Pontypool expressions, humorous and otherwise

There were all sorts of expressions we used when I was a young boy in Pontypool. Some were the remainders of words from the Welsh language; others sound rather humorous now but we used them frequently years ago. Of course they might not have been used exclusively in Pontypool but in a wider area. I publish a few I remember below. Do any visitors remember such expressions?

Tamping    When we bounced balls up and down on the ground this was often referred to as “tamping the ball”. There was another expression tamping mad which meant that someone was extremely annoyed.

Whipper-in    This was a term applied to the man known as “the attendance officer”. If someone was thought to be away from school without any reason, the head teacher would ask the whipper-in to call at the house and if the pupil seemed to be in good health he or she would be grabbed by the whipper-in and marched to school.

Tapped    This was used when we had shoes repaired. When pupils were absent when the teacher called the resister a fellow pupil might explain “He’s getting his shoes tapped”. Another use of the expression was “He or she’s a bit tapped” meaning they were a bit crazy.

Ych-a-fi    This was an expression of utter disgust when something, or someone, was in a particularly filthy condition.

Mingy    This meant “mean”; any of our friends who bought a packet of sweets and didn’t share them was called “mingy”.

Taw    A good quality glass marble was referred to as a “taw”. We often played “following taws” down the gutter trying to hit an opponent’s marble. The one who did this kept the marble.

Right-o    This was an expression of agreement. There was a certain woman who lived in Bridge Street who was known as “Mrs Right-o”. The story went that, when she was getting married and the clergyman asked her “Do you take this man . . . etc.?” instead of saying “I do.” she replied “Right-o”.

A rather peculiar expression which I often used to hear used in Pontypool market when enquiring the price of an item was something like: “What do the cabbages run to today?”

One expression I have tried many years to find the source of and have so far failed is a word which was used by my mother. I can’t remember anyone else using it. Can any visitor enlighten me? The word was fakie. I’m not sure of the spelling but that is what it sounded like. If she knew of an implement which did a special job but couldn’t recall the name of it, she would say “Where’s that fakie for getting nails out of wood?” etc. Can anyone help with this one?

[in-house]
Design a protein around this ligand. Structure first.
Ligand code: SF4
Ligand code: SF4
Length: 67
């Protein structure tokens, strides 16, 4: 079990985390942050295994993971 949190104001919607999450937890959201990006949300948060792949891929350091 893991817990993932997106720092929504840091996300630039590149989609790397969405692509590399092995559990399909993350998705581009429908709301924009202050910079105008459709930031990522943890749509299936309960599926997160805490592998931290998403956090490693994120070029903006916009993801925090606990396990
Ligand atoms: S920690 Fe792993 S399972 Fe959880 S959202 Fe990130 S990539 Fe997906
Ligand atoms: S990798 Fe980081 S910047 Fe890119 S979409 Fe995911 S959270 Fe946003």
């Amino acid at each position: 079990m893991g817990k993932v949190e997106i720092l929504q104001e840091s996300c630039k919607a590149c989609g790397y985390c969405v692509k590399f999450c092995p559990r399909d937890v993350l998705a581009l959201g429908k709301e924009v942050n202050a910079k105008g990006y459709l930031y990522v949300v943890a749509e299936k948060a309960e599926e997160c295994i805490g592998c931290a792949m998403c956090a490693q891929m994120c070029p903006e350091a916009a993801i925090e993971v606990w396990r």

Of course, many of these expression might still be used in Pontypool. Visitors who still live there will know.

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8 Responses to “Pontypool expressions, humorous and otherwise”

  1. John Owen Says:

    Tamping. Heavy rain as in “Its tamping outside”. An expression my sister still uses.

  2. Richard Morgan Says:

    Up in Varteg where it they breed ’em tough and it is always winter, two unusual dialect words were in regular use:-
    “Nesh” described a person who couldn’t cope with the cold.
    “Spreethed” referred to the snow-chapped legs after sledging down the Snailcreep to Cwmavon

  3. Lionel Barrell Says:

    Cakey. Refers to someone not totally compus mentis.
    Butty. My pal.
    Peter. A little boy’s penis.
    Heck. (Not sure) One foot on a bike’s pedal, the other pushing on
    the ground, rather than sitting astride the saddle.
    Catch. If the toilet tank froze in winter, it was said to ‘catch’.
    Lamping. Punishment from parents: ‘I got a lamping from our Mam
    when I got in wet from the rain.’ Yep, honest! – except it
    was when I fell in the fountain at Pontymoile!
    Fast/slow. Refers to the rate at which a boy or girl was reputed to
    pursue his/her amorous intentions: ‘You’ll be ok there, she’s
    fast.’
    By here. Here!

  4. emrys lewis Says:

    Daps—– plimsolls

    Coopy down —–crouch down

    Gibbons ——Spring onions

    Cutch —- Hide or hold closely

    Over by there

  5. Clive Barnby Says:

    I recall my grandfather (maternal) referred to the lavatory as the “dublew”. I think this was a contraction of WC. I’m not sure if other members of the family used this expression – he was from Abersychan (the British) – perhaps it was a local expression. Most of my mother’s family were from Pontypool.

    Also “bosh” for wash basin. Could this be a contraction of basn wash – half Welsh, half English?

  6. Dot Jones Says:

    Remember most of the above. A couple of others:

    Twpt – Not quite right in the head

    Where’s it too – Where is it

    Now in a minute

  7. Jeannette (Osborne) Randall Says:

    Dear Dot. I too remember all the above expressions, particularly ‘bosh, which is now referred to as a Belfast sink in House Sale Programmes. By the way, I shall get back to you regards my Osborne side of the family. regards Jeannette.

  8. jim Says:

    reguards to fakie thay use to say wheres the fakie ma jig

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